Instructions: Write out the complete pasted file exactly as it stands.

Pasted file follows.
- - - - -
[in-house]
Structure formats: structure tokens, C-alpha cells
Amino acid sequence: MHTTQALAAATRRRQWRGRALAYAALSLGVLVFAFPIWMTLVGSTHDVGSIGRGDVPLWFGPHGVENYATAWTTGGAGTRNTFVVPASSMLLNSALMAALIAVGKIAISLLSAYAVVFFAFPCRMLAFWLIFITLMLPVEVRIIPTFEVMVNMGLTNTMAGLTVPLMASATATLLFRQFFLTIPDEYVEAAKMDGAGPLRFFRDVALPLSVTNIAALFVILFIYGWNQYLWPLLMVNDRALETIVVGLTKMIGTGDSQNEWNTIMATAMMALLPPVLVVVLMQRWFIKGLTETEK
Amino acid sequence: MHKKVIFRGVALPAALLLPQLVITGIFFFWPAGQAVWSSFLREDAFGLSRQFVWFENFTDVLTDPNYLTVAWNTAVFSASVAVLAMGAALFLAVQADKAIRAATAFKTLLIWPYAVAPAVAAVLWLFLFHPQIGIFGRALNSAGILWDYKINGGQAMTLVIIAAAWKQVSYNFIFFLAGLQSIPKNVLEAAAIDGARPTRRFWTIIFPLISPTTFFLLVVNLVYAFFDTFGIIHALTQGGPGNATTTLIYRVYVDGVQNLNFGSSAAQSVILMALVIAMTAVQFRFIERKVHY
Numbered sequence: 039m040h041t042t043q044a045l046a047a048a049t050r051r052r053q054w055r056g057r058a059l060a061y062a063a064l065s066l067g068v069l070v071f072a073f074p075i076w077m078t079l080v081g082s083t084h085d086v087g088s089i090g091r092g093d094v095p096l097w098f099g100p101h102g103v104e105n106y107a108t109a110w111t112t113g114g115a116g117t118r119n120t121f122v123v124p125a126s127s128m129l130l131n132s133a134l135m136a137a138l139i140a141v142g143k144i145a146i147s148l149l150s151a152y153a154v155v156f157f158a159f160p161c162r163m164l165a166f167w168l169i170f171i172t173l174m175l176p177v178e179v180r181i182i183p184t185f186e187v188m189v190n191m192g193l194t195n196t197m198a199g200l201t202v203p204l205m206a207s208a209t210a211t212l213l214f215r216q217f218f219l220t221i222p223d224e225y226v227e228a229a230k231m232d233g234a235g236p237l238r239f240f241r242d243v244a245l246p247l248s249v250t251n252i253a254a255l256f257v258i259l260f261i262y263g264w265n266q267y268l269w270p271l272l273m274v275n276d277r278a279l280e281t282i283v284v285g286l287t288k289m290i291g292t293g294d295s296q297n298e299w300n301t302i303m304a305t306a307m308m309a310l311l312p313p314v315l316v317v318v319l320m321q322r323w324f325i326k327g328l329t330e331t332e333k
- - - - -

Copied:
[in-house]
Structure formats: structure tokens, C-alpha cells
Amino acid sequence: MHTTQALAAATRRRQWRGRALAYAALSLGVLVFAFPIWMTLVGSTHDVGSIGRGDVPLWFGPHGVENYATAWTTGGAGTRNTFVVPASSMLLNSALMAALIAVGKIAISLLSAYAVVFFAFPCRMLAFWLIFITLMLPVEVRIIPTFEVMVNMGLTNTMAGLTVPLMASATATLLFRQFFLTIPDEYVEAAKMDGAGPLRFFRDVALPLSVTNIAALFVILFIYGWNQYLWPLLMVNDRALETIVVGLTKMIGTGDSQNEWNTIMATAMMALLPPVLVVVLMQRWFIKGLTETEK
Amino acid sequence: MHKKVIFRGVALPAALLLPQLVITGIFFFWPAGQAVWSSFLREDAFGLSRQFVWFENFTDVLTDPNYLTVAWNTAVFSASVAVLAMGAALFLAVQADKAIRAATAFKTLLIWPYAVAPAVAAVLWLFLFHPQIGIFGRALNSAGILWDYKINGGQAMTLVIIAAAWKQVSYNFIFFLAGLQSIPKNVLEAAAIDGARPTRRFWTIIFPLISPTTFFLLVVNLVYAFFDTFGIIHALTQGGPGNATTTLIYRVYVDGVQNLNFGSSAAQSVILMALVIAMTAVQFRFIERKVHY
Numbered sequence: 039m040h041t042t043q044a045l046a047a048a049t050r051r052r053q054w055r056g057r058a059l060a061y062a063a064l065s066l067g068v069l070v071f072a073f074p075i076w077m078t079l080v081g082s083t084h085d086v087g088s089i090g091r092g093d094v095p096l097w098f099g100p101h102g103v104e105n106y107a108t109a110w111t112t113g114g115a116g117t118r119n120t121f122v123v124p125a126s127s128m129l130l131n132s133a134l135m136a137a138l139i140a141v142g143k144i145a146i147s148l149l150s151a152y153a154v155v156f157f158a159f160p161c162r163m164l165a166f167w168l169i170f171i172t173l174m175l176p177v178e179v180r181i182i183p184t185f186e187v188m189v190n191m192g193l194t195n196t197m198a199g200l201t202v203p204l205m206a207s208a209t210a211t212l213l214f215r216q217f218f219l220t221i222p223d224e225y226v227e228a229a230k231m232d233g234a235g236p237l238r239f240f241r242d243v244a245l246p247l248s249v250t251n252i253a254a255l256f257v258i259l260f261i262y263g264w265n266q267y268l269w270p271l272l273m274v275n276d277r278a279l280e281t282i283v284v285g286l287t288k289m290i291g292t293g294d295s296q297n298e299w300n301t302i303m304a305t306a307m308m309a310l311l312p313p314v315l316v317v318v319l320m321q322r323w324f325i326k327g328l329t330e331t332e333k